GonaCon vaccine could offer lasting results for managing wild horse population

November 29, 2018, Colorado State University
Credit: CC0 Public Domain

Colorado State University recently released a study touting the use of the GonaCon-Equine immunocontraceptive vaccine as a longer-lasting solution to decreasing fertility in wild horses.

The CSU research team first vaccinated mares at the Theodore Roosevelt National Park in North Dakota in 2009 and saw a modest decline in foaling. Researchers decided to re-administer the vaccine to the same mares in 2013.

"No one had tried revaccinating with GonaCon-Equine and it's proving to be much more successful than we expected. ... It has been about 90 percent effective for going on four years now," said Dan L. Baker, Ph.D., co-principal investigator on the project and an affiliate faculty member in the Department of Biomedical Sciences at the CSU College of Veterinary Medicine & Biomedical Sciences.

The vaccine produces antibodies against gonadotropin-releasing hormone, which prevents the mares from ovulating and from displaying sexual behavior, said Terry M. Nett, Ph.D., co-principal investigator on the project and a professor in the CVMBS' Department of Biomedical Sciences.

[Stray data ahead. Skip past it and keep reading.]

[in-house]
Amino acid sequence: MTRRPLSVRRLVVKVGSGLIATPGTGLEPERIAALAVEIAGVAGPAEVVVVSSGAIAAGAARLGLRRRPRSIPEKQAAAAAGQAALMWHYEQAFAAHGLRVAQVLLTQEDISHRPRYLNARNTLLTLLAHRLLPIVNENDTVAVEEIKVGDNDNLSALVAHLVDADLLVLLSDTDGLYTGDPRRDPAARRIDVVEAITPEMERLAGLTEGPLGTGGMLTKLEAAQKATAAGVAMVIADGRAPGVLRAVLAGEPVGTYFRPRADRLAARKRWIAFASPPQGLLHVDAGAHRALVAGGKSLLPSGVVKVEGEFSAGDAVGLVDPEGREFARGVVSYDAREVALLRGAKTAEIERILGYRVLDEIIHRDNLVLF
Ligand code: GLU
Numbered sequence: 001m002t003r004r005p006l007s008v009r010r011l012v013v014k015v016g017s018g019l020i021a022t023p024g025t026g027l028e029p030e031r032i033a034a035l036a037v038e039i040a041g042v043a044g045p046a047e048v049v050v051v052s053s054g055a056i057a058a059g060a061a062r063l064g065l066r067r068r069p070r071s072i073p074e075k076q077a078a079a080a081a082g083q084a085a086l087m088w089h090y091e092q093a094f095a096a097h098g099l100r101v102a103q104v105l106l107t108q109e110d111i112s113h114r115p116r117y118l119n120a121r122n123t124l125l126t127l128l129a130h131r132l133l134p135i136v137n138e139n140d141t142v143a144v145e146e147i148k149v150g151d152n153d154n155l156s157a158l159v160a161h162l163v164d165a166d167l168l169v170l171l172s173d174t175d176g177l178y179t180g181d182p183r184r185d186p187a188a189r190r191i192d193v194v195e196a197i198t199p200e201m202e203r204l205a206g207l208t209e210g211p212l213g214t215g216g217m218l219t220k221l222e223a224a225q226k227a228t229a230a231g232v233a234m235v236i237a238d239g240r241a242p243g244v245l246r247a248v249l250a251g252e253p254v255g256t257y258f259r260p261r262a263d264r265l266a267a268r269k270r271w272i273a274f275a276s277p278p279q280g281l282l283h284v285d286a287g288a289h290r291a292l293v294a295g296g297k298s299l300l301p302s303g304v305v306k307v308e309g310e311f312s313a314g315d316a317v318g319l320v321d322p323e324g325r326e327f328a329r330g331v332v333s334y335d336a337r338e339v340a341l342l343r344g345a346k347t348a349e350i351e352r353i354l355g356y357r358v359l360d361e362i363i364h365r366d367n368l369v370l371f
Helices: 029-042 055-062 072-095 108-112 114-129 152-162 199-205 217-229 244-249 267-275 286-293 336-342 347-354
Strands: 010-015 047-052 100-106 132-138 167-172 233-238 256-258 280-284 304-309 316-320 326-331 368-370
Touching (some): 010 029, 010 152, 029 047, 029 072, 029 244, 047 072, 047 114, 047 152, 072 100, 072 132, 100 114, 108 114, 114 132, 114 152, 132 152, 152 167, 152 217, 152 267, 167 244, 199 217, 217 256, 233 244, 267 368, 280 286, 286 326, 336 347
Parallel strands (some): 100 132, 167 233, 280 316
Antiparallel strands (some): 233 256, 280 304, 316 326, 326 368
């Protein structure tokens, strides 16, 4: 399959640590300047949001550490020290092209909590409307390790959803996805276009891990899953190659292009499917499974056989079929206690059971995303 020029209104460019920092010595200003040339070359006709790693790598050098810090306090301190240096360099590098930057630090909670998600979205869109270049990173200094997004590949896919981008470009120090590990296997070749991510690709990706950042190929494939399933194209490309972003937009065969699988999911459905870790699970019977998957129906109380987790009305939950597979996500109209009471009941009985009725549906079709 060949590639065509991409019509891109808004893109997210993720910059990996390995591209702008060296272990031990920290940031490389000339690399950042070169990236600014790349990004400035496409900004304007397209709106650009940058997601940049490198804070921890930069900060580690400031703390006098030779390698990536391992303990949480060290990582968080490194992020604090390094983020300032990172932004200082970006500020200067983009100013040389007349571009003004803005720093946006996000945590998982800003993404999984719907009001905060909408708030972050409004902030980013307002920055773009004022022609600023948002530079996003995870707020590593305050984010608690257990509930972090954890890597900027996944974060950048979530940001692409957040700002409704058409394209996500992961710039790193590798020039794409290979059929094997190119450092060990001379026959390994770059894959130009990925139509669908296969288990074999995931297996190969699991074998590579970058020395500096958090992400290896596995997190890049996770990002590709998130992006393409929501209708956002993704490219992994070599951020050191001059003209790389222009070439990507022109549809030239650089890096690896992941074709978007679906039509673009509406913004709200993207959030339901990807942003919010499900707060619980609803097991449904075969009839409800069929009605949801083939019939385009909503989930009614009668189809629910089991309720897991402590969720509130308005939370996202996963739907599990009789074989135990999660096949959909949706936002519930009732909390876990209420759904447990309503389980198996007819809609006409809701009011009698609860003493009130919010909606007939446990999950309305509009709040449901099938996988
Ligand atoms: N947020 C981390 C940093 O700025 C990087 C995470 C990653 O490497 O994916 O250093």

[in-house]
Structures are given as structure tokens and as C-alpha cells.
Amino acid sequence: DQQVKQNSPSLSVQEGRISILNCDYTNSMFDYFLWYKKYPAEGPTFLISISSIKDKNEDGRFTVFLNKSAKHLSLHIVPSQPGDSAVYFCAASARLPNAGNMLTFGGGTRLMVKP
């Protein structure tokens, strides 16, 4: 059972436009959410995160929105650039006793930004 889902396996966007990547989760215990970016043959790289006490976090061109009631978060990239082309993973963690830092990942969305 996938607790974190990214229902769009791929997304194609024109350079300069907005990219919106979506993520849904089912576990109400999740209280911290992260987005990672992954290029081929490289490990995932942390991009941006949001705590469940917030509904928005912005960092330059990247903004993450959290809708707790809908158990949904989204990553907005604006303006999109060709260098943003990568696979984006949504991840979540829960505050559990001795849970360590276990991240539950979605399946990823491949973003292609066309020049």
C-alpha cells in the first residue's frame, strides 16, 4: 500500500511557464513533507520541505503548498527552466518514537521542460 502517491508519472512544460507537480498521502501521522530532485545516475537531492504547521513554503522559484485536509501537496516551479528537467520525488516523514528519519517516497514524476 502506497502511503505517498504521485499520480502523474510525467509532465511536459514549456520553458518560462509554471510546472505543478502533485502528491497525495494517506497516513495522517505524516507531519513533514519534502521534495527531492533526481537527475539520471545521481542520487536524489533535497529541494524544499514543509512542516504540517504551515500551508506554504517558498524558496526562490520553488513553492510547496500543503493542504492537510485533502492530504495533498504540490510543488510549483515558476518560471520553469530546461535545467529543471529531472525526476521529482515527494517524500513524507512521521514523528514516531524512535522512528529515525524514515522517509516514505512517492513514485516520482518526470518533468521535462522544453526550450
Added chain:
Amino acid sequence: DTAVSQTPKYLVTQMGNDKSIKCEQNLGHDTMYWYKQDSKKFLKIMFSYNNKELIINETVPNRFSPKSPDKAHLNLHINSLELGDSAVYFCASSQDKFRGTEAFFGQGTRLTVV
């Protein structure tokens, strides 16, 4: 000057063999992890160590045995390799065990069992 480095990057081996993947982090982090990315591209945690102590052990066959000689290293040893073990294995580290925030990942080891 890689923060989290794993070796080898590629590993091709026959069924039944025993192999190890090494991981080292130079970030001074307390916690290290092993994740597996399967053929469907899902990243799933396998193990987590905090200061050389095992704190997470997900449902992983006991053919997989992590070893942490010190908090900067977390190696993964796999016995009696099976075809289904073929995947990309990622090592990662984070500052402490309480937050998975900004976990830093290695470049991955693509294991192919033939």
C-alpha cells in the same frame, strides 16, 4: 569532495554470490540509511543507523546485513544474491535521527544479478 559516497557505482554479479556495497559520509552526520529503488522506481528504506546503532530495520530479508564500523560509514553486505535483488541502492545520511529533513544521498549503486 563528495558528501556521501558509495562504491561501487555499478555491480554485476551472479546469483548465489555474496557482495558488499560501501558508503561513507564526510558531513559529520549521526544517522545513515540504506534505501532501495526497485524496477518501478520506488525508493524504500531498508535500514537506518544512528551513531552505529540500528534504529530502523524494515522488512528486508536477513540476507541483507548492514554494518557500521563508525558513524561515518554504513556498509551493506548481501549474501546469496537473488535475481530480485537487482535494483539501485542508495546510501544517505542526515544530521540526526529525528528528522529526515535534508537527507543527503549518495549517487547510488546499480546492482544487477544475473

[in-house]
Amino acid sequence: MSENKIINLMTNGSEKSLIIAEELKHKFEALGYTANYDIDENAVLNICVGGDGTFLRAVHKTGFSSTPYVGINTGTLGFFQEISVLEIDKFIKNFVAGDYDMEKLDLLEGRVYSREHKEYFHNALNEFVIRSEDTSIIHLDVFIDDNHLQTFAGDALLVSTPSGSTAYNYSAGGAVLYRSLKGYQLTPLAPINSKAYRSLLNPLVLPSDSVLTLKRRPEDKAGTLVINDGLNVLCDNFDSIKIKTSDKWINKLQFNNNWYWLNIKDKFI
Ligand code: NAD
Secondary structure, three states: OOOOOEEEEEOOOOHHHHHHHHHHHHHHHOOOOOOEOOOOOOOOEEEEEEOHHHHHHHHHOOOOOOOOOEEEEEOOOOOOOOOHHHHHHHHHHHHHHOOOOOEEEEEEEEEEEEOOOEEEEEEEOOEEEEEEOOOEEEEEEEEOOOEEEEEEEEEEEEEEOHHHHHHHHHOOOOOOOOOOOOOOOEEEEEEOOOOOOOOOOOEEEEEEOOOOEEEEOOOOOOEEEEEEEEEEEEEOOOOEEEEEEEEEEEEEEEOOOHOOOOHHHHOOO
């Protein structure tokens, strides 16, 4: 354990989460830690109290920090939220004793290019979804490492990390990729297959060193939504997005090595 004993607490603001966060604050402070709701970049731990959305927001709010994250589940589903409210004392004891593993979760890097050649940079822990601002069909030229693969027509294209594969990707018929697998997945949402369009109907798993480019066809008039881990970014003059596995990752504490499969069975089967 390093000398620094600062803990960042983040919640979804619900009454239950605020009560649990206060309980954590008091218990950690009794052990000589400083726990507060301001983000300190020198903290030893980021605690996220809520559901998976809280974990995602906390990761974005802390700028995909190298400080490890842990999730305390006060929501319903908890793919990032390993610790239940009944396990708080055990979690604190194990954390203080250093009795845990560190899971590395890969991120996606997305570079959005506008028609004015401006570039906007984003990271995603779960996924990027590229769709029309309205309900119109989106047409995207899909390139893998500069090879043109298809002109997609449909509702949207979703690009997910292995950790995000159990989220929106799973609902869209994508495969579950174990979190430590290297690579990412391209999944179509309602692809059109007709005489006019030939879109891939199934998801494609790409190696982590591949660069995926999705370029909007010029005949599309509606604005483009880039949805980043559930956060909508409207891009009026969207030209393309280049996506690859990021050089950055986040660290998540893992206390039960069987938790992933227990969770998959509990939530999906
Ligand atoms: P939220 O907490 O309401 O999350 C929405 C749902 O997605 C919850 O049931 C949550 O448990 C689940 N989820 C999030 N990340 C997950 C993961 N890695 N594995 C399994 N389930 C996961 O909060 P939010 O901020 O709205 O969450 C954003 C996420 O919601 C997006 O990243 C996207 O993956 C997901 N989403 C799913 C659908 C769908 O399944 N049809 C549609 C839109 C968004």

This new vaccine could aid in better controlling the population of wild horses. The number of wild horses and burros that can live in balance with the ecology of public lands is 27,000 but there are currently 82,000 and burros living on public lands, according to the Bureau of Land Management.

Explore further: Novel study shows promise for managing wild horse populations

Related Stories

Endangered wild horses head to Mongolia

July 16, 2012

Four rare Przewalski's wild horses were headed for the Mongolian steppe from Prague on Monday as part of a project to reintroduce the critically endangered species to its ancient homeland.

Recommended for you

Scientists ID another possible threat to orcas: pink salmon

January 19, 2019

Over the years, scientists have identified dams, pollution and vessel noise as causes of the troubling decline of the Pacific Northwest's resident killer whales. Now, they may have found a new and more surprising culprit: ...

Researchers come face to face with huge great white shark

January 18, 2019

Two shark researchers who came face to face with what could be one of the largest great whites ever recorded are using their encounter as an opportunity to push for legislation that would protect sharks in Hawaii.

Why do Hydra end up with just a single head?

January 18, 2019

Often considered immortal, the freshwater Hydra can regenerate any part of its body, a trait discovered by the Geneva naturalist Abraham Trembley nearly 300 years ago. Any fragment of its body containing a few thousands cells ...


Please sign in to add a comment. Registration is free, and takes less than a minute. Read more

Click here to reset your password.
Sign in to get notified via email when new comments are made.